Pom poms are a popular decoration choice at weddings, although they are usually of the paper variety. Have you ever considered including the classic woollen pom pom at your nuptials? Rin and Joe did and so am I! After having a life long obsession with the woolly balls of fluff, I’m in the middle of crafting 500, yes, 500 of them for my wedding next year. Here’s a wool pom pom tutorial that shows how I’m making mine.
- Craft knife
- Pom pom makers
Tip: If you’re planning on making a good few pom poms, invest in pom pom makers. They save so much time and energy and are inexpensive to buy (around $5 for a set of four sizes), which you can get from Etsy, eBay or Amazon. You can of course do it the old-fashioned way by cutting out rings of cardboard, but my advice is don’t even bother!
Step 1: Arrange the pom pom makers into two semicircles with their backs facing each other so the grooves fit together.
Step 2: Concentrating on one half of the semi-circles, start winding your wool around until it’s completely level. You can use two balls of wool at a time to be extra quick!
Step 3: Repeat on the same side – you don’t even have to cut the wool, it’s that easy!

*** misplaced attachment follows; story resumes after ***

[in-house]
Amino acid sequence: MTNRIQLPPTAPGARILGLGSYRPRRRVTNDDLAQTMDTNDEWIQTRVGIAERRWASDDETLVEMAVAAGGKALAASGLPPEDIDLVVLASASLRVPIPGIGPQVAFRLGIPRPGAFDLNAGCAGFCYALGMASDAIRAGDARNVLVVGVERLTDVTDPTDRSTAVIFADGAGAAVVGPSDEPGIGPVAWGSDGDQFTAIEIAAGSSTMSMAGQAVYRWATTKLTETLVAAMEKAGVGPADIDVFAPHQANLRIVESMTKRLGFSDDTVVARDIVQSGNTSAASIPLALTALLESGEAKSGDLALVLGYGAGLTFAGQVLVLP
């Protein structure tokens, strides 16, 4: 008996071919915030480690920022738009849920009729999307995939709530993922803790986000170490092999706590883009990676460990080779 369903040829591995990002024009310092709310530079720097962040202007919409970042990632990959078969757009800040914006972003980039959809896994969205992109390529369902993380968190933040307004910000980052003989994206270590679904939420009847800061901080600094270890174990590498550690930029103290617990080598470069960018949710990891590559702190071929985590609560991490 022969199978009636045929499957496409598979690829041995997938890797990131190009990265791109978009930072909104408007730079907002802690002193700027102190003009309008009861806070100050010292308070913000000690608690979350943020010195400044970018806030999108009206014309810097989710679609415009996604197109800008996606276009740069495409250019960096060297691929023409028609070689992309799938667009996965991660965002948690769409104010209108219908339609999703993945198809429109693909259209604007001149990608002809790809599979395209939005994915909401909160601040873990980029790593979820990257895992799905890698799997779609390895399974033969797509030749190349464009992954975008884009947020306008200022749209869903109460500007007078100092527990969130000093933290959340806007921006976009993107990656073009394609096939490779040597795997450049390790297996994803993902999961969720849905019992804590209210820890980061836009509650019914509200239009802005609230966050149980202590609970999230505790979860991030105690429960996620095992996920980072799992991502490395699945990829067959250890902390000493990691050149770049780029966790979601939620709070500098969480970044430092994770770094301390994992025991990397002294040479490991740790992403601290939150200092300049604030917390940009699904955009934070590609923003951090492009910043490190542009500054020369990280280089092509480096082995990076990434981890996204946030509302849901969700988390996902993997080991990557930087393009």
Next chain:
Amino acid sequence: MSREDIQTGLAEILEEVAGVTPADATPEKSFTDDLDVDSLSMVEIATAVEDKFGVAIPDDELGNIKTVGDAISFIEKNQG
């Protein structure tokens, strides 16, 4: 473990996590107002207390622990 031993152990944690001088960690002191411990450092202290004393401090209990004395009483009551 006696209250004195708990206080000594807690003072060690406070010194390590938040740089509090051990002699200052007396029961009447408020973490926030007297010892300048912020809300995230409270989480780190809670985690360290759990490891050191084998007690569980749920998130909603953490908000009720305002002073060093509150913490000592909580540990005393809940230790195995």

Step 4: Bring the two sides together, clip them in place and cut off the wool. Using your craft knife (believe me, much easier than using scissors) start cutting through the wool around the edge of the makers.
Step 5: Cut a length of wool and wrap it around the circumference of the maker. Double knot the wool and be sure the pull it around a couple of times to make sure to get rid of any snags.
Step 5: Now you simply unclip and remove the makers. Ruffle the wool up and using your scissors give your pom pom a haircut until it’s in a nice round, full shape.
The great thing about pom poms is that you can play around with colour combinations and sizes and they are also inexpensive and easy to make. They’re a fun way to brighten up any wedding ceremony or reception. Failing that, they make excellent decorations at any party or around the home. I’ve even taken to using them instead of ribbon when wrapping gifts.
Tutorial images by Jaime Macmillan